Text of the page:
And his decade-long effort was beginning to pay dividends. By fiscal 2015, Mitsubishi was on track to announce the largest profit in its then 45-year history. And, Masuko confided: “For the first time in our history, we can operate independently.”

Then the bottom fell out with the mileage-cheating scandal, which came to light in April 2016.

Masuko, in his first interview following the April disclosures that involved more than two dozen Mitsubishi models, but mostly on 660cc minicars sold in Japan, admitted that the revelation “left me speechless. We had just begun preparations for our next medium-term business plan.”

Wanted: big partner

Contrary to several media reports, the automaker was never at risk of going bankrupt. But nevertheless, Masuko’s plan of operating independently as a David in an industry of Gloiaths was over. 

Mitsubishi would not have enough resources to invest in new technologies such as batteries, electric cars and automated driving. It would need a big partner.

Ghosn offered Masuko a financial lifeline. And by the end of October 2016, Nissan would take a 34% equity stake in the automaker.

Mitsubishi Motors chairman and CEO Osamu Masuko (R) looks at Nissan president and CEO Carlos Ghosn as Ghosn delivers a speech during their joint press conference in Yokohama in 2016. Photo: AFP/Toshifumi Kitamura

Always the pragmatist, a characteristic of people who work for trading houses, Masuko quickly moved in concert with Ghosn to make the Renault-Nissan-Mitsubishi “alliance” a success – with the automaker’s Southeast Asia footprint having expanded from Thailand to include the Philippines, Indonesia and Vietnam.

Ghosn made it a condition of Nissan support that Masuko not resign to accept responsibility for the scandal, as is customary in Japan. The pair seemed to have a genuinely respectful relationship.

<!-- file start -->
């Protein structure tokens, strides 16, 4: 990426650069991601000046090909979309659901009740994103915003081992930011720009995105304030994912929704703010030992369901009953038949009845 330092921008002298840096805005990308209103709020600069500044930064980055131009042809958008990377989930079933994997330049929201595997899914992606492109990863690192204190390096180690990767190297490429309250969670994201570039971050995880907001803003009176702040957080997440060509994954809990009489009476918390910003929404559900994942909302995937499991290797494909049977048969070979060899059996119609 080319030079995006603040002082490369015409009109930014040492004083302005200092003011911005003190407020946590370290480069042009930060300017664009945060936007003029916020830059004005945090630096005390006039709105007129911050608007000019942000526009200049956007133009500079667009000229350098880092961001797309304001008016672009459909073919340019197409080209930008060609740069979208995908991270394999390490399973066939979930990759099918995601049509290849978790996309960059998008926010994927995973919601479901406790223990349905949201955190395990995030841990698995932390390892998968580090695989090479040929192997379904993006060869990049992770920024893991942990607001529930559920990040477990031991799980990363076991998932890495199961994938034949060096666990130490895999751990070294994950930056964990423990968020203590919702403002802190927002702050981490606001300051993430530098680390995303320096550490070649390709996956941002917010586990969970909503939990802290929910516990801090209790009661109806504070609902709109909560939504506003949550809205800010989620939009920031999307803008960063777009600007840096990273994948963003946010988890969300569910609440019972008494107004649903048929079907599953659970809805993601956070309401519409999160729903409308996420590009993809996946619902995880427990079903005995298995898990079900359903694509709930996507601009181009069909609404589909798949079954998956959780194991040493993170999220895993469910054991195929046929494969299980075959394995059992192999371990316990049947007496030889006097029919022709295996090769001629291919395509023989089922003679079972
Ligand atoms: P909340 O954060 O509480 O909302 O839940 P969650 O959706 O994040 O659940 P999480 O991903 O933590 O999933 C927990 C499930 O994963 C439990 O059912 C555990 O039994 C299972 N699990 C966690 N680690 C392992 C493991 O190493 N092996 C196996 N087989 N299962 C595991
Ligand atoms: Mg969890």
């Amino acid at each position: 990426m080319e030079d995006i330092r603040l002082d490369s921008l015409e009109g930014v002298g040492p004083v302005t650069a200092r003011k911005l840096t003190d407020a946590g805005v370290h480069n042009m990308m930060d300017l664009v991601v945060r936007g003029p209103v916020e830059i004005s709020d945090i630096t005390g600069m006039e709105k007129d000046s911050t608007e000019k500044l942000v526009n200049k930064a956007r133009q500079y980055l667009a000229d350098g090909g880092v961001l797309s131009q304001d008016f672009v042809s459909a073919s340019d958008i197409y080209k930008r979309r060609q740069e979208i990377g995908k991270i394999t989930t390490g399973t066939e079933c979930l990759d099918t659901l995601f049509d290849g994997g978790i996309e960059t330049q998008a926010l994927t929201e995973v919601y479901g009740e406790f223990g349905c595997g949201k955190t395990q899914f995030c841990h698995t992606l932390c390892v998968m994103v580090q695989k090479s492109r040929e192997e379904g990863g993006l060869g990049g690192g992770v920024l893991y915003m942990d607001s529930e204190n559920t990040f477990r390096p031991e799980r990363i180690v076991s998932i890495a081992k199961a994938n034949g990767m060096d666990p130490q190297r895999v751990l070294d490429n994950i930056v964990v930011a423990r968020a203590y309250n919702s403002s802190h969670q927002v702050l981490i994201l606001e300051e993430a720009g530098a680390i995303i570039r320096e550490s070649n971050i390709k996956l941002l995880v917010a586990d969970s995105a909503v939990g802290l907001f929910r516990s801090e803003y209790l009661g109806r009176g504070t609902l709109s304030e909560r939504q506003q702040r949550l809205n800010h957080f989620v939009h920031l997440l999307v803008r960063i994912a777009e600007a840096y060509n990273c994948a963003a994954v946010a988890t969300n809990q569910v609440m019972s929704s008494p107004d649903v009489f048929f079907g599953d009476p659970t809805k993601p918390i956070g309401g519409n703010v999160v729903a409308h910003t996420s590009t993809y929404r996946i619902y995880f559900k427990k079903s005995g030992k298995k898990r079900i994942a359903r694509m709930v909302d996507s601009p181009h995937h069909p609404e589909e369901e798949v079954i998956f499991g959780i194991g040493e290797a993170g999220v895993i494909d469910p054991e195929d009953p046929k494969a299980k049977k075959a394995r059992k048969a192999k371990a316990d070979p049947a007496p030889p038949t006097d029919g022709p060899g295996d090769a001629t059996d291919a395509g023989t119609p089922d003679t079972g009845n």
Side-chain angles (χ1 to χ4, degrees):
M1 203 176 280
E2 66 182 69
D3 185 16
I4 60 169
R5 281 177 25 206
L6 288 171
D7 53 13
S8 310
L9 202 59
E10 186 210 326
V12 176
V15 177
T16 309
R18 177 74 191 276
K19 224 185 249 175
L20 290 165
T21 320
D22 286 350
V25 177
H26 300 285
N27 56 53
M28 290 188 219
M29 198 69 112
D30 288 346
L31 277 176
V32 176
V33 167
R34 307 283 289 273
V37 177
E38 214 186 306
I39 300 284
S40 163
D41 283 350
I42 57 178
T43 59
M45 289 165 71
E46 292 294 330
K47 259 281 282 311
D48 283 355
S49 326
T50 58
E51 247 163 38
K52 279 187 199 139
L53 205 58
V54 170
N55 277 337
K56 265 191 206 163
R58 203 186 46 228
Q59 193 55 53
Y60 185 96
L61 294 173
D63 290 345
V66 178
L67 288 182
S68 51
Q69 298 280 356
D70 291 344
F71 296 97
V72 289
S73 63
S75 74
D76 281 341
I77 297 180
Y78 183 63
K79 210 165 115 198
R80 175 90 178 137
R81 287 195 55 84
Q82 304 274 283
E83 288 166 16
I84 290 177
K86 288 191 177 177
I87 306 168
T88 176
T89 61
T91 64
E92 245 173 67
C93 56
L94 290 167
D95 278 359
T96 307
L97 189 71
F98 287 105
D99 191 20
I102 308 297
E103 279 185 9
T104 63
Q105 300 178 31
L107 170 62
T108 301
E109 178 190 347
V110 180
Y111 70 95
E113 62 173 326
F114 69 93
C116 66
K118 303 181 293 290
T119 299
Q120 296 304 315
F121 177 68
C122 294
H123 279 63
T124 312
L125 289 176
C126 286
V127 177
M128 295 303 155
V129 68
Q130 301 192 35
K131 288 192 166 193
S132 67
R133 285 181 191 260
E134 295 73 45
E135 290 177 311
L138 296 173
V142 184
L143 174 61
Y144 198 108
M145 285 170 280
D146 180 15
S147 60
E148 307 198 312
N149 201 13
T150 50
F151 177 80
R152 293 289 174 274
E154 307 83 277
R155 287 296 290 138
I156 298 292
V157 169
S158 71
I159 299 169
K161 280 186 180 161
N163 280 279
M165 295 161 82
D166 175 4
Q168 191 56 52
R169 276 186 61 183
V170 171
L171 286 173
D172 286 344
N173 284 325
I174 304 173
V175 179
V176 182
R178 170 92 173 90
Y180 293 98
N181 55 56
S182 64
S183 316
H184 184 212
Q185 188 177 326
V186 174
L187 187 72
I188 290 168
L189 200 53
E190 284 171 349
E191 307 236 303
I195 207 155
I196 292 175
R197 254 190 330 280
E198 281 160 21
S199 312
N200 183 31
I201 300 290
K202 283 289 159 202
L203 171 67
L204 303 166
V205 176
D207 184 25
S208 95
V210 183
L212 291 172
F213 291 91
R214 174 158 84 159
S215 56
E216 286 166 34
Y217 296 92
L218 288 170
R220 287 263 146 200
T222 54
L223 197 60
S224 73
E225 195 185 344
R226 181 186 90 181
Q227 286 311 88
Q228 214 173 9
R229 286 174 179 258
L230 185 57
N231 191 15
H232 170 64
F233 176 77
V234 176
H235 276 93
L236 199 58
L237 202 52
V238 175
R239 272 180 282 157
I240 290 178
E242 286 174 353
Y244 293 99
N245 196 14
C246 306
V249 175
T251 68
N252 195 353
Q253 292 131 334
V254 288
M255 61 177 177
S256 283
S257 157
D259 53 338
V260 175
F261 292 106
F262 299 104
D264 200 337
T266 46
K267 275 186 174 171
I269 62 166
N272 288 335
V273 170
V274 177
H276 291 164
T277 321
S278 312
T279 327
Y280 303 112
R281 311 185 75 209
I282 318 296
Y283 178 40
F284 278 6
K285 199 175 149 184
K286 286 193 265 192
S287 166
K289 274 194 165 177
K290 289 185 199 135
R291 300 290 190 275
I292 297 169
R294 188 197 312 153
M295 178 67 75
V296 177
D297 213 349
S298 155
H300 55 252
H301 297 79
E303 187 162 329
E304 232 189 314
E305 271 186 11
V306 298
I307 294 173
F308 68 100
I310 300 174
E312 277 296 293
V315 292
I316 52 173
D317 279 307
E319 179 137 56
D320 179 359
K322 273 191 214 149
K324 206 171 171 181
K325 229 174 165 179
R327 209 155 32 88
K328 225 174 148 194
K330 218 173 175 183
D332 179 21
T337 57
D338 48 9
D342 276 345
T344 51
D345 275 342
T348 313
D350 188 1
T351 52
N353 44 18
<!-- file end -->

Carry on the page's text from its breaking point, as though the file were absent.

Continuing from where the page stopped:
On my last trip to Japan in October 2019, Masuko-san took 30 minutes from his busy schedule to meet me. As usual, he greeted me with a deep-throated hello and asked questions about my family.

During that meeting, Masuko would not discuss the Nissan scandal, although shortly after Ghosn’s arrest he indicated that Ghosn would be difficult to replace.

Friends and allies

As an automotive journalist I don’t use the word “friend” lightly when talking about corporate CEOs. Basically, we mingle in different circles. Masuko-san and I usually only saw each other once a year, often over a sushi lunch.

But he and I had a special relationship dating back to March 11, 2011, the day of the killer earthquake and tsunami off the northeast coast of Japan, when – all trains and subways stopped and taxis filled – I walked more than two miles to his office for a scheduled 4 pm appointment.

I arrived 10 minutes early. He wondered why I had come, under the circumstances. I told him, half tongue-in-cheek, that I’d been scared waiting on the 20th floor of a downtown Tokyo office building, which had shaken like jelly for three solid minutes, and I’d felt his fifth-floor office would be safer. Which probably wasn’t true, considering that his building was older.

Anyway, I spent a little over two hours with him that afternoon, talking about Mitsubishi Motors business while he was making calls around the country trying to ascertain damage to Mitsubishi facilities and the safety of Mitsubishi employees and their families as well as checking in on his own family.